What you need to know:
- Worldreader, a US-based organisation funded by the Bill and Melinda Gates Foundation, funded the project.
- Books written by the five winners are available in the Anasoma library, accessible on a free mobile app.
- The aim of the two-year venture was to sponsor the authorship of books that reflect the needs and interests of Kenyan women.
It was pomp and colour at the Anasoma Awards ceremony as writers were feted for their top notch skills.
They cast aside their writing gear for a piquant meal at the Southern Sun Mayfair Hotel in Nairobi after which they were presented with an award of $1,000 each and a publishing contract.
The five winners include Monica Olive Owoko, author of God’s Women; Kenneth Kaigua, author of Ghetto Flower; June Mwikali, author of Squatter Village; Erick Livumbazi, author of Making the Team and Christine Odeph, author of Where Mountains Meet.
Their books are now included in the Anasoma library that intends to include more girls and women in the digital revolution through access to books on mobile phones. Anasoma is a Kiswahili word that means she reads.
The jury selected the five winners based on their creativity, artistic impression and in-depth knowledge of women's issues following months of rigorous assessment.
Nation.co.ke's Faith Oneya, academicians Mshai Mwangoa and Tom Odhiambo as well as award winning authors Elizabeth Maiyani and Tony Mochama were among the judges led by Clara Momanyi, a gender expert.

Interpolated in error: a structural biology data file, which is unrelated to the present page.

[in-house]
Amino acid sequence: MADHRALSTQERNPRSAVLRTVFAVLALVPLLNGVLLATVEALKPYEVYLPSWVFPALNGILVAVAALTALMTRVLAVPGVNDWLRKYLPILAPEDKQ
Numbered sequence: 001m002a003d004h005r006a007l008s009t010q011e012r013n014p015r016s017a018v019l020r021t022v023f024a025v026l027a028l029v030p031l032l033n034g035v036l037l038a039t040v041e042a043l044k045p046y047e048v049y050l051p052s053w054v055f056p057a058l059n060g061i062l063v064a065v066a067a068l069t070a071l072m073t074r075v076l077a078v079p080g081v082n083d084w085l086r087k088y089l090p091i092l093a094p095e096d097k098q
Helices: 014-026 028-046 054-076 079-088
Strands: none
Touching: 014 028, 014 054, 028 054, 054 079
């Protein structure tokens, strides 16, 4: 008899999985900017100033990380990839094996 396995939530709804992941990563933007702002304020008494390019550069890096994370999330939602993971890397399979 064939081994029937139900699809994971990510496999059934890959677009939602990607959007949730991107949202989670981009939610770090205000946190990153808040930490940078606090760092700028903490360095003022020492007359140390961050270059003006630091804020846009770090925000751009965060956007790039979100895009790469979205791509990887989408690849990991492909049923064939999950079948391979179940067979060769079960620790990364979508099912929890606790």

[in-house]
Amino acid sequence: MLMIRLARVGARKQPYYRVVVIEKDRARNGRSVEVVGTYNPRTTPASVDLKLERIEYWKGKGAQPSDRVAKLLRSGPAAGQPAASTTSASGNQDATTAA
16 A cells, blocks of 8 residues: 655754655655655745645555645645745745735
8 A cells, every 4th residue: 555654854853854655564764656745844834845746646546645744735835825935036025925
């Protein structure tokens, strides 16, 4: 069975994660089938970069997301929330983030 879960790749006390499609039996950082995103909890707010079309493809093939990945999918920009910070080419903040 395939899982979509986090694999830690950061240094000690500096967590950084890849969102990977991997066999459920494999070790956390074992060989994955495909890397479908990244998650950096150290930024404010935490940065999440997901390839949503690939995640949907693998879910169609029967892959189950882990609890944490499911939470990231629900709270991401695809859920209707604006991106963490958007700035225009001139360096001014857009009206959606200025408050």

FUNDED BY BILL GATES
Two non-profits: Worldreader and Amka, organised the contest whose theme was “Women Empowerment”. The aim of the two-year venture was to sponsor the authorship of books that reflect the needs and interests of Kenyan women.
The pilot project also intends to increase women’s access to online libraries, cultivate a reading culture and ultimately make them more assertive in the writing arena. Winners will have their books published by Worldalive Limited.
Worldreader, a US-based organisation funded by the Bill and Melinda Gates Foundation, targets over 500,000 children in 50 countries with its mobile app where they can download free books.
In Kenya, the firm works with 127 schools and 81 libraries, bringing together an estimated 90,000 readers nationally. According to their website, they have provided 9,027 devices to readers for access to 1.8 million books and they also partner with Amazon to provide kindles to selected schools in Africa.
DERIVED FROM KISWAHILI
“We are focused on driving the reading agenda by giving access to thematically curated content to our readers. We also hope to see budding writers evolve in their writing experience to become published authors,” says Joan Mwachi, Worldreaders Director for East Africa.
Amka was founded in Kenya 20 years ago and provides a platform for women and girls to express themselves creatively. The name is derived from the Kiswahili word ‘arise’.
“The only proof that a woman is empowered is how it translates into action,” says Lydia Gaitirira, Amka Executive Director.
Chiming in on the gender dilemma conversation, Laimani Bidali of Alabastron Network Trust said it is possible to give strengthen a woman without making a man feel left out: “An empowered woman is not a threat.”